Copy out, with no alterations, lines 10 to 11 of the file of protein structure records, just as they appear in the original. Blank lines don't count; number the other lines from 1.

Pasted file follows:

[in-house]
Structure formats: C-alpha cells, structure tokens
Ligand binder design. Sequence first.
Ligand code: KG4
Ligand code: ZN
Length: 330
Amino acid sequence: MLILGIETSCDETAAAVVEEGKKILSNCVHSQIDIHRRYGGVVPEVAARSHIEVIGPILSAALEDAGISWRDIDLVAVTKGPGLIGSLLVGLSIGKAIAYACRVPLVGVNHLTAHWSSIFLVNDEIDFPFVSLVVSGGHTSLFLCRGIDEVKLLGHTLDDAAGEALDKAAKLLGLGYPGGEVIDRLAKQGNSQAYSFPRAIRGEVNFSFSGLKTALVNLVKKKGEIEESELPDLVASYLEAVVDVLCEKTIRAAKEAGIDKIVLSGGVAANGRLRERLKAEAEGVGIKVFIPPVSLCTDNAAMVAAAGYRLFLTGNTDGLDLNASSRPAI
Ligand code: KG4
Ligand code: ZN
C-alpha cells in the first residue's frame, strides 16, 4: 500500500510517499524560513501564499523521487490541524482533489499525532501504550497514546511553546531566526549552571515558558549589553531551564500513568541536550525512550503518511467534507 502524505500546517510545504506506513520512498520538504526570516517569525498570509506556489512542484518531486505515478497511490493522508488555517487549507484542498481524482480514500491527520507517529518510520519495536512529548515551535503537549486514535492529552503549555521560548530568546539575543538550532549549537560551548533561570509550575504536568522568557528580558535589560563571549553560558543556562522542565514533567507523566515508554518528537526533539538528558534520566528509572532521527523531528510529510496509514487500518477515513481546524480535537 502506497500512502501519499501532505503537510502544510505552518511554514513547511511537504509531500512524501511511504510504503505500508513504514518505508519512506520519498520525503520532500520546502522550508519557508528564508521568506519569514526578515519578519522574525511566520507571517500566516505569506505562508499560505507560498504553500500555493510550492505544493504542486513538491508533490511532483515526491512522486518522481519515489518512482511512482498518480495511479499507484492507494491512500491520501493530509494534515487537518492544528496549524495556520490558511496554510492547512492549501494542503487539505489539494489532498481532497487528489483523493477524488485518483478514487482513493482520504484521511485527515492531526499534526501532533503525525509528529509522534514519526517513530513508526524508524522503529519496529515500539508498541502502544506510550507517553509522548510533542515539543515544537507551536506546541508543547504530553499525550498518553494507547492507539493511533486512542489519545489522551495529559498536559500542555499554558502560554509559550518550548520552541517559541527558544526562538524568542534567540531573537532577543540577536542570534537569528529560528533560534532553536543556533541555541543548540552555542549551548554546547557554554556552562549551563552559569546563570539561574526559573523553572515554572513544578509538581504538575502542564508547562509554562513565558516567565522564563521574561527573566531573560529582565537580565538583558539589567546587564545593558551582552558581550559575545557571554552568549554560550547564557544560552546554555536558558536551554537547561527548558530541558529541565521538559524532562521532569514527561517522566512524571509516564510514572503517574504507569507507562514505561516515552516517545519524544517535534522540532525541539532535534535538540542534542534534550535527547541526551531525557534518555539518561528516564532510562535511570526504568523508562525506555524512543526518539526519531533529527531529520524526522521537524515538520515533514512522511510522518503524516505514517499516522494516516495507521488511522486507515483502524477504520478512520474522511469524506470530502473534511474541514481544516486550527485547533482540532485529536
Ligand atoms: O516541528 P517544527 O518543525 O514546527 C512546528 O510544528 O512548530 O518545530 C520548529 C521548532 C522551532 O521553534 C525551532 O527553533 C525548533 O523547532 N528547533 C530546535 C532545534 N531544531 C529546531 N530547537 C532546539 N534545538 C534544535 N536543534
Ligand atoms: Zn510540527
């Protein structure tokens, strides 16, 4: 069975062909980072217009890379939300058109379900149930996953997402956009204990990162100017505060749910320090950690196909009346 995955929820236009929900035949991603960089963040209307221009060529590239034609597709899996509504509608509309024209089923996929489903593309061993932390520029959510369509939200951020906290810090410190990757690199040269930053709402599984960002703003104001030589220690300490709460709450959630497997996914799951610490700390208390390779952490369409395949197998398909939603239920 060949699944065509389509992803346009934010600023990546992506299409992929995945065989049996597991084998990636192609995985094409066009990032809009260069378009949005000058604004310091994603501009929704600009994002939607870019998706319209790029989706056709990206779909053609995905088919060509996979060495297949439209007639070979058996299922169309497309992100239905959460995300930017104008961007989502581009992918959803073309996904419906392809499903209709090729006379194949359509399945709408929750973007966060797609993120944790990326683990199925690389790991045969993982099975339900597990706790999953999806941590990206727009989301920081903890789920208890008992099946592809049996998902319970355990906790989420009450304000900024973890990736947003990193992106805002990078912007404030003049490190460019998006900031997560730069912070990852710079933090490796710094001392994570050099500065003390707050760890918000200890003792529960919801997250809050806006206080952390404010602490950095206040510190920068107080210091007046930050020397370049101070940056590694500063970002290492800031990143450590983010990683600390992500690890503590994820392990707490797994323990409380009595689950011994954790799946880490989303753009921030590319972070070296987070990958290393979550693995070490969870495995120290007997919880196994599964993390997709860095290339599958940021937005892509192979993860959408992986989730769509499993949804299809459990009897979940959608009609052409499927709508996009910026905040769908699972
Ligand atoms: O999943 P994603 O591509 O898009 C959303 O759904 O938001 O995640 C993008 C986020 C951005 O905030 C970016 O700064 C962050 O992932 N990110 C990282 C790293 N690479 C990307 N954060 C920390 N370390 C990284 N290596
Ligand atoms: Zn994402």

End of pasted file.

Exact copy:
C-alpha cells in the first residue's frame, strides 16, 4: 500500500510517499524560513501564499523521487490541524482533489499525532501504550497514546511553546531566526549552571515558558549589553531551564500513568541536550525512550503518511467534507 502524505500546517510545504506506513520512498520538504526570516517569525498570509506556489512542484518531486505515478497511490493522508488555517487549507484542498481524482480514500491527520507517529518510520519495536512529548515551535503537549486514535492529552503549555521560548530568546539575543538550532549549537560551548533561570509550575504536568522568557528580558535589560563571549553560558543556562522542565514533567507523566515508554518528537526533539538528558534520566528509572532521527523531528510529510496509514487500518477515513481546524480535537 502506497500512502501519499501532505503537510502544510505552518511554514513547511511537504509531500512524501511511504510504503505500508513504514518505508519512506520519498520525503520532500520546502522550508519557508528564508521568506519569514526578515519578519522574525511566520507571517500566516505569506505562508499560505507560498504553500500555493510550492505544493504542486513538491508533490511532483515526491512522486518522481519515489518512482511512482498518480495511479499507484492507494491512500491520501493530509494534515487537518492544528496549524495556520490558511496554510492547512492549501494542503487539505489539494489532498481532497487528489483523493477524488485518483478514487482513493482520504484521511485527515492531526499534526501532533503525525509528529509522534514519526517513530513508526524508524522503529519496529515500539508498541502502544506510550507517553509522548510533542515539543515544537507551536506546541508543547504530553499525550498518553494507547492507539493511533486512542489519545489522551495529559498536559500542555499554558502560554509559550518550548520552541517559541527558544526562538524568542534567540531573537532577543540577536542570534537569528529560528533560534532553536543556533541555541543548540552555542549551548554546547557554554556552562549551563552559569546563570539561574526559573523553572515554572513544578509538581504538575502542564508547562509554562513565558516567565522564563521574561527573566531573560529582565537580565538583558539589567546587564545593558551582552558581550559575545557571554552568549554560550547564557544560552546554555536558558536551554537547561527548558530541558529541565521538559524532562521532569514527561517522566512524571509516564510514572503517574504507569507507562514505561516515552516517545519524544517535534522540532525541539532535534535538540542534542534534550535527547541526551531525557534518555539518561528516564532510562535511570526504568523508562525506555524512543526518539526519531533529527531529520524526522521537524515538520515533514512522511510522518503524516505514517499516522494516516495507521488511522486507515483502524477504520478512520474522511469524506470530502473534511474541514481544516486550527485547533482540532485529536
Ligand atoms: O516541528 P517544527 O518543525 O514546527 C512546528 O510544528 O512548530 O518545530 C520548529 C521548532 C522551532 O521553534 C525551532 O527553533 C525548533 O523547532 N528547533 C530546535 C532545534 N531544531 C529546531 N530547537 C532546539 N534545538 C534544535 N536543534